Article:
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Posts Tagged ‘optimism’

memorial church memorial hall harvard university
I was left to my own devices
Many days fell away with nothing to show

And the walls kept tumbling down
In the city that we love
Great clouds roll over the hills
Bringing darkness from above

But if you close your eyes
Does it almost feel like nothing’s changed at all?
And if you close your eyes
Does it almost feel like you’ve been here before?

How am I gonna be an optimist about this?
How am I gonna be an optimist about this?

—Bastille, “Pompeii”

I fell in love with this song about a year ago, when my husband started performing it with his a cappella group, the Mass Whole Notes. (I know I’m a little late to the Bastille party. J is constantly discovering brand-new music, the way I am always finding new books. But my musical tastes skew several years behind the times.)

“Pompeii” entered J’s performance repertoire around the time I lost my job (which happened a year ago this week). I have found myself humming it often this year, because it captures perfectly the in-between state in which I find myself.

Some things – in fact, many important things – in my life have not changed since last May: I live in the same light-filled apartment. I go to the same tiny church. I call my mother once a week, text my sister about Friends lines and my nephews, talk about golf and movies with my dad. I read scads of books and write lots of reviews. I am married to the same generous, funny, understanding man.

I also spend my weekdays in the same neighborhood where I’ve worked for three years now. Every morning, I sling the same two bags over my shoulder and head for the Red Line subway platform near my house. I get off in Harvard Square, looking up at the same brick buildings and tall, gracious towers. I head to Darwin’s for a spicy chai latte before walking to my office.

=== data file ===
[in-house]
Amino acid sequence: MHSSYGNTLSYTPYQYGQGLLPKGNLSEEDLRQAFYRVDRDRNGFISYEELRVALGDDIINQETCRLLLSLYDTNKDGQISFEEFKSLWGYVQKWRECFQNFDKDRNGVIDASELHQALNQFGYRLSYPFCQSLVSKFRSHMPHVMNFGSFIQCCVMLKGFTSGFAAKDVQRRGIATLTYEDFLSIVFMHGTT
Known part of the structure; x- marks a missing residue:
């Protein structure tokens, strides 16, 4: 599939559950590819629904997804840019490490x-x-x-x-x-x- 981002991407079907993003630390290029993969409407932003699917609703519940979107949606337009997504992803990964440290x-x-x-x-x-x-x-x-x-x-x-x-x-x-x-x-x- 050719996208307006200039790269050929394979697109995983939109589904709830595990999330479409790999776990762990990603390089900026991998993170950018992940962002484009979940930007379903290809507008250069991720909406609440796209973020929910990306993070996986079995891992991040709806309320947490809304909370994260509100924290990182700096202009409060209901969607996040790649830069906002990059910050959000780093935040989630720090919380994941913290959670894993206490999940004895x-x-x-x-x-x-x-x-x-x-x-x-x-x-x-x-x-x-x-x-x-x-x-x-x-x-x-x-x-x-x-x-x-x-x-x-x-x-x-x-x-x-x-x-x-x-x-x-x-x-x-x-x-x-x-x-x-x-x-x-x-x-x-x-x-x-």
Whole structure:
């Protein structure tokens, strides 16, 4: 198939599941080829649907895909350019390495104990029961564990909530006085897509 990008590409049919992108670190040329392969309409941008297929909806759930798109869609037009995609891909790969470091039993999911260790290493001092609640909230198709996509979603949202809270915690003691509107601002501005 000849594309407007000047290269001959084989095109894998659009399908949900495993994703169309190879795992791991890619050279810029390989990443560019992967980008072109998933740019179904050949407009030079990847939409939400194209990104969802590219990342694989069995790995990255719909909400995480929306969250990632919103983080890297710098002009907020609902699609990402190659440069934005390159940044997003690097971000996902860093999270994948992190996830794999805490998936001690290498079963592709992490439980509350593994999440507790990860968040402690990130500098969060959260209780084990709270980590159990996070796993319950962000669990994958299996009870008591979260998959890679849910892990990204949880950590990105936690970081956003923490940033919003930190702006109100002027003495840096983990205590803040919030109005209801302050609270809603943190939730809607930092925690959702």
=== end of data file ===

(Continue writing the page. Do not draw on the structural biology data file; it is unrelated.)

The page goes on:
If I close my eyes – though that is dangerous when navigating a Cambridge sidewalk – I can almost pretend that nothing has changed.

harvard yard autumn light leaves

And yet.

This spring finds me working in a sixth-floor office, with new colleagues, in a temporary role. This job is different both from the one I lost last spring and the other temp gig I held from Thanksgiving until mid-March. All three roles have been at Harvard, doing communications work, but there are varying duties and projects, distinctive office cultures to navigate, constantly shifting expectations. I am a person who likes to have a plan, and the past year has made that difficult.

I have been constantly surprised by how the job hunt has played havoc with my sense of self: as an individual, a writer, a career woman, a part of the Harvard community. Previously, I had never thought of myself as a person defined by her career. But the lack of a job, a title, a defined place in a working community, has made me question so many facets of my identity and the stories I tell myself. Also, inevitably, it has caused a shift in my relationships, most notably the ones with my former co-workers. I don’t blame anyone for that; it is simply what happens when things change.

On some days, the refrain of “Pompeii” thrums through my head in a depressing rhythm: How am I gonna be an optimist about this? That question is harder to answer when I’m struggling with (more) rejection, or simply having a tough day. I don’t always know how to be an optimist about this. I do remember, usually, how to keep going forward (make a cup of tea, write another paragraph, answer another email), so mostly, that’s what I do.